The Power of a Test Concerning the Mean of a Normal Population

Requires a Wolfram Notebook System

Interact on desktop, mobile and cloud with the free Wolfram CDF Player or other Wolfram Language products.

Requires a Wolfram Notebook System

Edit on desktop, mobile and cloud with any Wolfram Language product.

This Demonstration considers the three basic hypothesis tests about the mean of a normal population whose parameters are controlled by the first and third sliders. The area of the blue region is the significance level of the selected test, and the area of the purple region is the power of the selected test.

Contributed by: Chris Boucher (March 2011)
Open content licensed under CC BY-NC-SA


Snapshots


Details

A statistical test of a left-, right-, or two-tailed research hypothesis versus the null hypothesis is conducted based on where the mean of a randomly drawn sample from the population in question falls. If the sample mean falls into the critical region, the null hypothesis is rejected, and there is statistical support for the research hypothesis. The probability that the sample mean lands in the critical region when the null hypothesis is in fact true—the probability of a type I error—is called the significance level of the test and is the blue region above. The smaller this number, the more statistical support the test gives the research hypothesis. The probability that the sample mean lands in the critical region given that the true mean has some value μ is a function of μ and is called the power of the test. Roughly speaking, this number measures the likelihood that the test will correctly detect a discrepancy between the true mean μ and the comparison value .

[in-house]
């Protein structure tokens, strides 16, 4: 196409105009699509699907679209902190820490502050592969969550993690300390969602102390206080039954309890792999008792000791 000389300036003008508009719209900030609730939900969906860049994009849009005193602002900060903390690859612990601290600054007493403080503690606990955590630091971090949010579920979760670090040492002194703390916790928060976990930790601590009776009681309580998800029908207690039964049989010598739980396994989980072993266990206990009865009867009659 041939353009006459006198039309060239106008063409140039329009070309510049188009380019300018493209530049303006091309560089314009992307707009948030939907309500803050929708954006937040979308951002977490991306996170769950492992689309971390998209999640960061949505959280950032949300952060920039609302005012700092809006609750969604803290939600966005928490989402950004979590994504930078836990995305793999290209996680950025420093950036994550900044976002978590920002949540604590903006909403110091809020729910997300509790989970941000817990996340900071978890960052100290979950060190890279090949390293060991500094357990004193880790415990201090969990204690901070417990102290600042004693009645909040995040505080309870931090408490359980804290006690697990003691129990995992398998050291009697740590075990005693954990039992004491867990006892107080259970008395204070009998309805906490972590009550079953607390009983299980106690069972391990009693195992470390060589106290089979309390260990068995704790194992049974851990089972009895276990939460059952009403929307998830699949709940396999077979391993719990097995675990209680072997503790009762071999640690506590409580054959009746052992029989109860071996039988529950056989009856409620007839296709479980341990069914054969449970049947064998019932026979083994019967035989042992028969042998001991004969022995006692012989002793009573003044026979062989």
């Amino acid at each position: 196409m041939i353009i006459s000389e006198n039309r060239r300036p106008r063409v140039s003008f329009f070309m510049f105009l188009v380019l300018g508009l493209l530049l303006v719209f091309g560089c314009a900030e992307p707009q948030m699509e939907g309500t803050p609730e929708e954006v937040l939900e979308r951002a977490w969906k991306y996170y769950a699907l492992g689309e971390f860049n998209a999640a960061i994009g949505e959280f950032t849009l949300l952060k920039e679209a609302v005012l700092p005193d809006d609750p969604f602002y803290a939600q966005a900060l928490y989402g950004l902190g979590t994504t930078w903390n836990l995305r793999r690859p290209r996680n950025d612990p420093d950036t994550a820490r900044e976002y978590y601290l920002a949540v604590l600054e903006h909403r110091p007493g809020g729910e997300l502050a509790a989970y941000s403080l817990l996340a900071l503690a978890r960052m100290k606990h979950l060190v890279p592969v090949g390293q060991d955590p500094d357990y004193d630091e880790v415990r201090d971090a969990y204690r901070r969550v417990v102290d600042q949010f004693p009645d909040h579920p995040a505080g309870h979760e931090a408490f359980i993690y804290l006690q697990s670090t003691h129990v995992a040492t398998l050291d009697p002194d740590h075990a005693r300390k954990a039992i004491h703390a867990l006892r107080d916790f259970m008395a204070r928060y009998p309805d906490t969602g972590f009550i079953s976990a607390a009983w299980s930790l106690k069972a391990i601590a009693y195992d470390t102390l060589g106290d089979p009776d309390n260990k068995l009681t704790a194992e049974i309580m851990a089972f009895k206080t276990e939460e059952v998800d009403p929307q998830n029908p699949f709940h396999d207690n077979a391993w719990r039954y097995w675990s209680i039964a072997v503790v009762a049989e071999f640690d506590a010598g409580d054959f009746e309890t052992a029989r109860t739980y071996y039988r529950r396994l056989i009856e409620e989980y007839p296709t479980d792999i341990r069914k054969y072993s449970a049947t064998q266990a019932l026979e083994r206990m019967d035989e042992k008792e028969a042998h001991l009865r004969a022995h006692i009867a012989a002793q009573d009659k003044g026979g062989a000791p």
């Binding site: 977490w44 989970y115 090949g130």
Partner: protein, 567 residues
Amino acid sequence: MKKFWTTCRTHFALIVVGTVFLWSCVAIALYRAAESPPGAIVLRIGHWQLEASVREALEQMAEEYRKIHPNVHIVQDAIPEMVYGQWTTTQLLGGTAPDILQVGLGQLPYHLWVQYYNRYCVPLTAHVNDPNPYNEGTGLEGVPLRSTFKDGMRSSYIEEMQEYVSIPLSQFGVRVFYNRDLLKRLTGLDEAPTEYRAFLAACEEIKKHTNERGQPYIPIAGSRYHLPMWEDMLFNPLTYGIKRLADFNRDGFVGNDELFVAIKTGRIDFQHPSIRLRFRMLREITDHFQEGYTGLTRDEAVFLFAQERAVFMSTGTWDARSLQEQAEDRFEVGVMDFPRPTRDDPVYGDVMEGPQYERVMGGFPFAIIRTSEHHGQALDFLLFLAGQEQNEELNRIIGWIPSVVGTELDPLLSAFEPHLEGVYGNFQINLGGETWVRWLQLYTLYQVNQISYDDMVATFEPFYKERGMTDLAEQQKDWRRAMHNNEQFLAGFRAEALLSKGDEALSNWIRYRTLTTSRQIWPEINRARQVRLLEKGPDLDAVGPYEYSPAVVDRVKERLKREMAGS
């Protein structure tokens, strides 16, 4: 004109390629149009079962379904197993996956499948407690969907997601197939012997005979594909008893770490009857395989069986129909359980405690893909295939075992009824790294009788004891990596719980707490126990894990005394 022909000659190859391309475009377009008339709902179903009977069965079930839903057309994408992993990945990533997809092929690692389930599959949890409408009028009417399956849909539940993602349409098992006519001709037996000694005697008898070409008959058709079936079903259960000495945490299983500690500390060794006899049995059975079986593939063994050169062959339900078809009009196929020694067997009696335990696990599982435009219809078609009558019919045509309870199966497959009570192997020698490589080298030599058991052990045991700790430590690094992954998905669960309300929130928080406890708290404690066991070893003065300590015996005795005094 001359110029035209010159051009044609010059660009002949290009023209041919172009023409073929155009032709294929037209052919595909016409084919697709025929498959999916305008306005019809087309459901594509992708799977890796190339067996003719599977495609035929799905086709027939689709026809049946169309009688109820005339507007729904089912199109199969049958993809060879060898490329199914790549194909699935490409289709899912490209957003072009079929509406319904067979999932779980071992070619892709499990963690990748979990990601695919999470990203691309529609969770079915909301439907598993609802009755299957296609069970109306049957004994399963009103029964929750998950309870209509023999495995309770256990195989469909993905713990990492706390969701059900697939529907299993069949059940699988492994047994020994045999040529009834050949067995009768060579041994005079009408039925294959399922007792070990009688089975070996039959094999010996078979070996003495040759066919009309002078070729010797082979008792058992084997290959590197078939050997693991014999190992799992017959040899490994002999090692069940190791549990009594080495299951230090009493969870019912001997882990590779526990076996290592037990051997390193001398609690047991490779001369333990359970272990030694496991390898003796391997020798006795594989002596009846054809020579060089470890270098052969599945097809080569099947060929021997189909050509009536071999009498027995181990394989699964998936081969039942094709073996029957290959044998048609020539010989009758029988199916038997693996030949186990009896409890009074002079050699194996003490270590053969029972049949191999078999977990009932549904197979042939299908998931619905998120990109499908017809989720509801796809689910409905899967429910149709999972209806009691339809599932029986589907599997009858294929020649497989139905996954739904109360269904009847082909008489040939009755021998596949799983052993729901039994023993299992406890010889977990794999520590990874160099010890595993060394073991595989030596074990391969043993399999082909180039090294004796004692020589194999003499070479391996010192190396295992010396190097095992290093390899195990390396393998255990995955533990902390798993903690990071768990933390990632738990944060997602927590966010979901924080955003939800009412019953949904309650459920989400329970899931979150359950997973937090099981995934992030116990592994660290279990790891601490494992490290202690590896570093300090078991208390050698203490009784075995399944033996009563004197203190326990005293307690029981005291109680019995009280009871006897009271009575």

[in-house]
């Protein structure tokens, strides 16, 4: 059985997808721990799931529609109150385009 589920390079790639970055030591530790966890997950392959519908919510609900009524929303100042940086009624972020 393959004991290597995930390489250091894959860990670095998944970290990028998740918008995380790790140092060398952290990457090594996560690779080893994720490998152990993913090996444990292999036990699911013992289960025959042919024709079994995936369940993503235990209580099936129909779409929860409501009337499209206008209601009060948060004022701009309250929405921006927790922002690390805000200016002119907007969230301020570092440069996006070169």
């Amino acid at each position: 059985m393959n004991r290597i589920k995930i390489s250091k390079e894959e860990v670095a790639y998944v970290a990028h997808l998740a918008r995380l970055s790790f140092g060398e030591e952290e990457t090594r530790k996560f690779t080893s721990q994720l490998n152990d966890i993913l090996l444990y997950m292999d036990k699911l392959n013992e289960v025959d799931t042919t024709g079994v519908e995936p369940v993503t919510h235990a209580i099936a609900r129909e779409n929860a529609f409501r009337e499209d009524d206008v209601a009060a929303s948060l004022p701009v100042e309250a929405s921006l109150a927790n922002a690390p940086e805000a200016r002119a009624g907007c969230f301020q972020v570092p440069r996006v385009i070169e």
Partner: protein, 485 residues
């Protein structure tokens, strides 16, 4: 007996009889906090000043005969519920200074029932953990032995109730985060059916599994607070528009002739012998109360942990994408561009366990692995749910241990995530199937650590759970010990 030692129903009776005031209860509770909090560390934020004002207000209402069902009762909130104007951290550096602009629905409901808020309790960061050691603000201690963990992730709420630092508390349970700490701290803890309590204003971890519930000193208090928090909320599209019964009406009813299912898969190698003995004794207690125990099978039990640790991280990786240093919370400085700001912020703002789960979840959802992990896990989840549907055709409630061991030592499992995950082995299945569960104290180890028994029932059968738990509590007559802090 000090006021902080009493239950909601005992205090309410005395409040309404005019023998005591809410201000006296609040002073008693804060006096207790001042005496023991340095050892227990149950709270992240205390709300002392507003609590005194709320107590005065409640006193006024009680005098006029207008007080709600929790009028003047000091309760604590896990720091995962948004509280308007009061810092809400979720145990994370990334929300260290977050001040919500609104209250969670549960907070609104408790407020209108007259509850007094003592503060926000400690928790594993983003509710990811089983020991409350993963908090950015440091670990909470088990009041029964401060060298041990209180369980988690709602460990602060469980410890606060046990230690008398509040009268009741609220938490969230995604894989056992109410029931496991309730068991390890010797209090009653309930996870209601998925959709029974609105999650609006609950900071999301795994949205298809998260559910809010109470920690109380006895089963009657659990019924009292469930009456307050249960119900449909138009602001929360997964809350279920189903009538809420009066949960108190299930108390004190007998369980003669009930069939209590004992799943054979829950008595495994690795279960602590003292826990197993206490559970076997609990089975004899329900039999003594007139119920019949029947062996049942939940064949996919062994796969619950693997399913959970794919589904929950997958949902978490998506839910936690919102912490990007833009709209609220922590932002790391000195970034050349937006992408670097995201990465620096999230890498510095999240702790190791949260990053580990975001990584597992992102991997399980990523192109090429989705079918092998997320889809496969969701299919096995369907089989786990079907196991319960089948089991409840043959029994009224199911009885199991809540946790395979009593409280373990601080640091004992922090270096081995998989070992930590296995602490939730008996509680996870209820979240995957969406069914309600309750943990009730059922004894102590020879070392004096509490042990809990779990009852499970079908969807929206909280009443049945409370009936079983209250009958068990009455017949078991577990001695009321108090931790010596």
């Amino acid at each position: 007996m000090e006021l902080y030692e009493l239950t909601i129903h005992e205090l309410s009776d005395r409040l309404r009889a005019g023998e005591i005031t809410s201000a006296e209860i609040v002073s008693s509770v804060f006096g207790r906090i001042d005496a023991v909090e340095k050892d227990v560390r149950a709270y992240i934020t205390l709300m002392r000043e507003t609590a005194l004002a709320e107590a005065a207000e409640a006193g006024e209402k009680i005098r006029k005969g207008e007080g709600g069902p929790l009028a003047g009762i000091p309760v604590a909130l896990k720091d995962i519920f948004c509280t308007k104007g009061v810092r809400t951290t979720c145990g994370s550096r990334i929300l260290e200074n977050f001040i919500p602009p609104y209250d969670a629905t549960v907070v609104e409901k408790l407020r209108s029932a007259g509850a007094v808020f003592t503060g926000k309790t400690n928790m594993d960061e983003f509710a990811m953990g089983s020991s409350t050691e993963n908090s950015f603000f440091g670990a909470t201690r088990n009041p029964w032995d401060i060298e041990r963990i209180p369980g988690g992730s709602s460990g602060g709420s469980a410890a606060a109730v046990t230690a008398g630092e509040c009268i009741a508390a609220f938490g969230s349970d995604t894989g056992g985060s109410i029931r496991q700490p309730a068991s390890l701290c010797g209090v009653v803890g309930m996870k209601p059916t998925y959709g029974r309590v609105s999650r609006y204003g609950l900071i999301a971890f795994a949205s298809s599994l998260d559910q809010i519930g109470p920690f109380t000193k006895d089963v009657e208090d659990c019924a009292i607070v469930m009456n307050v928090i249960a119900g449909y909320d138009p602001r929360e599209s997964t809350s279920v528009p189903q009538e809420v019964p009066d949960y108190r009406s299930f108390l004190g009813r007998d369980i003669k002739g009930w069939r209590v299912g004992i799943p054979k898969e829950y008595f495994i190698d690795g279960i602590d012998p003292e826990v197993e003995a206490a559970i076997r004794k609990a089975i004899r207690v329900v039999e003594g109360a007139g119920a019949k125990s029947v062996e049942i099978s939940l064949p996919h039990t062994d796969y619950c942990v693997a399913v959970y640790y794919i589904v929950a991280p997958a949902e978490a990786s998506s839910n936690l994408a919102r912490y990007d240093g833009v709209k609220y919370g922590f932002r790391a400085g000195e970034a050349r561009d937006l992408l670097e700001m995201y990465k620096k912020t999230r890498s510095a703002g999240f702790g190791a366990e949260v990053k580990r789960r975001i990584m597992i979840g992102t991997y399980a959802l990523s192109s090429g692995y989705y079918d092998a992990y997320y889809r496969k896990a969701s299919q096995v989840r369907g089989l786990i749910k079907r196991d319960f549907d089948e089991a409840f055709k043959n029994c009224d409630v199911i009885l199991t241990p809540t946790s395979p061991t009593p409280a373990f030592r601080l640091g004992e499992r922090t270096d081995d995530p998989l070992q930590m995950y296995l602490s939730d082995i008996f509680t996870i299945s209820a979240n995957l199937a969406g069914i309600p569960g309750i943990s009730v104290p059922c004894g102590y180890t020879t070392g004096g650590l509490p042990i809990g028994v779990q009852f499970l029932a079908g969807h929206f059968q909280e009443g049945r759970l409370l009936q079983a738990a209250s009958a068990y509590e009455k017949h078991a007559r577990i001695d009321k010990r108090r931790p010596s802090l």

Feedback (field required)
Email (field required) Name
Occupation Organization
Note: Your message & contact information may be shared with the author of any specific Demonstration for which you give feedback.
Send